Netflix – Written evidence (RSK0097)



  1. We are grateful for the opportunity to submit written evidence to the Risk Assessment and Risk Planning Committee as part of its ongoing inquiry into the UK’s resilience and approach to risk management. We were invited to provide this submission following reference by a witness in oral evidence to Netflix’s use of Chaos Monkey to stress-test our streaming system. Chaos Monkey is one of several open source tools originally built by Netflix and freely available for others to use.[1]


  1. The Netflix video streaming system is composed of many interacting services. In such a large system, failures in individual services are not uncommon, and indeed inevitable. With so many interacting components, the number of things that can go wrong in a distributed system is enormous.


  1. There is a level of complexity in modern distributed systems that is chaotic. As more companies move toward microservices and other distributed technologies, the complexity of these systems increases. For this reason at Netflix we practise Chaos Engineering,[2] a disciplined approach to identifying failures before they become outages. By proactively testing how a system responds to failure conditions, we can identify and fix failures before they become public facing outages. Experimenting on a system in this way enables us to build confidence in the system’s capability to withstand turbulent conditions in production.


  1. Years ago, we decided to improve the resiliency of our microservice architecture. At our scale it is guaranteed that servers on our cloud platform will sometimes suddenly fail or disappear without warning. If we don't have proper redundancy and automation, these disappearing servers could cause service problems.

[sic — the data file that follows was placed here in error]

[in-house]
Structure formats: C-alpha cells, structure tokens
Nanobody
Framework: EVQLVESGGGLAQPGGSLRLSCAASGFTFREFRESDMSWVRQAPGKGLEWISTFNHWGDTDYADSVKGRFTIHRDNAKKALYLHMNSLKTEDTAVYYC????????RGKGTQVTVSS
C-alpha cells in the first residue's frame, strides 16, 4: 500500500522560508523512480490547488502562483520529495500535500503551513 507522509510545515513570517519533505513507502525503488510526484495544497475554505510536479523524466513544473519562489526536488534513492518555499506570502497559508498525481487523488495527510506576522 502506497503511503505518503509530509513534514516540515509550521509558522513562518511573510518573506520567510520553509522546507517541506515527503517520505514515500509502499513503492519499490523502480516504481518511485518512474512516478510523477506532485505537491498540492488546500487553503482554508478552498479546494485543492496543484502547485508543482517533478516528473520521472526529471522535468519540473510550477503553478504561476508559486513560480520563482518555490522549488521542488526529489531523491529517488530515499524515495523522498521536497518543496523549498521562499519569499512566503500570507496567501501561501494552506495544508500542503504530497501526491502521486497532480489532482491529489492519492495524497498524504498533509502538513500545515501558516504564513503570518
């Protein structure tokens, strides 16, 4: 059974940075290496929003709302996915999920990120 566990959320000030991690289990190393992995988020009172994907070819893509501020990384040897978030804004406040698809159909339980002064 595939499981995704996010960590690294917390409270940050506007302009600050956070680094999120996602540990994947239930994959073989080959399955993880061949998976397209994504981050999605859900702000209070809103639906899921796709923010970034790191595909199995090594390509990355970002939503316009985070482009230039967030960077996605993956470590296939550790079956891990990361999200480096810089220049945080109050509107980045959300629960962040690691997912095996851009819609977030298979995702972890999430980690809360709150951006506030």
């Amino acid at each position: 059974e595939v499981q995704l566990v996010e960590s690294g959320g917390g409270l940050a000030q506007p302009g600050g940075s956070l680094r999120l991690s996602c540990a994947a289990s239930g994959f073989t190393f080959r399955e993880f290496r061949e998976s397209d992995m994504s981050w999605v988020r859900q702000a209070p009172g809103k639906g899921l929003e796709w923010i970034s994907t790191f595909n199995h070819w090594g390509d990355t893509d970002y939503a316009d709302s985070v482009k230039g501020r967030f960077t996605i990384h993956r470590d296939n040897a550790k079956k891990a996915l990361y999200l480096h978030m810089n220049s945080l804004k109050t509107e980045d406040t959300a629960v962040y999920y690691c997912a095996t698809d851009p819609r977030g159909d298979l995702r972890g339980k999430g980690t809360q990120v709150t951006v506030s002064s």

1. We needed an automated solution for ensuring the system is resilient to failures in non-critical services. While it is never possible to prevent all possible failure modes, many of the weaknesses in a system can be identified before they are triggered by events. Our objective is to prevent system-level failures. In particular, our goal is to reduce the likelihood of an outage, when Netflix customers are not able to stream videos.


  1. Created in 2010, Chaos Monkey is one example of Chaos Engineering in practice at Netflix. We created Chaos Monkey as a resilience tool, designed to randomly choose servers in our production environment and turn them off during business hours. Chaos Monkey enables engineering teams to run Chaos Engineering experiments on live traffic in production in order to build confidence that our service will be able to degrade gracefully in response to any failure of non-critical downstream services. Our ultimate goal is to be able to detect automatically whether a service is resilient to failure rather than relying on a human looking at dashboards and making a judgement.


  1. This in turn helped ensure that our engineers implement their services to be resilient to instance failures. Without such a tool, we couldn’t depend on the otherwise relatively infrequent occurrence to influence behaviour, but knowing that this would happen on a frequent basis created strong alignment among our engineers to build in the redundancy and automation to survive this type of incident without any impact to the many millions of Netflix members around the world.


  1. In 2011, Netflix announced the evolution of Chaos Monkey with a series of additional tools known as The Simian Army, a suite of failure-inducing tools designed to add more capabilities beyond Chaos Monkey, each serving a specific purpose aimed at bolstering a system's failure resilience.[3] In summary, while we can't remove the complexity of modern distributed systems, through Chaos Monkey we can discover vulnerabilities and prevent outages before they impact our members. We value Chaos Monkey as a highly effective tool for improving the quality of our service.




20 May 2021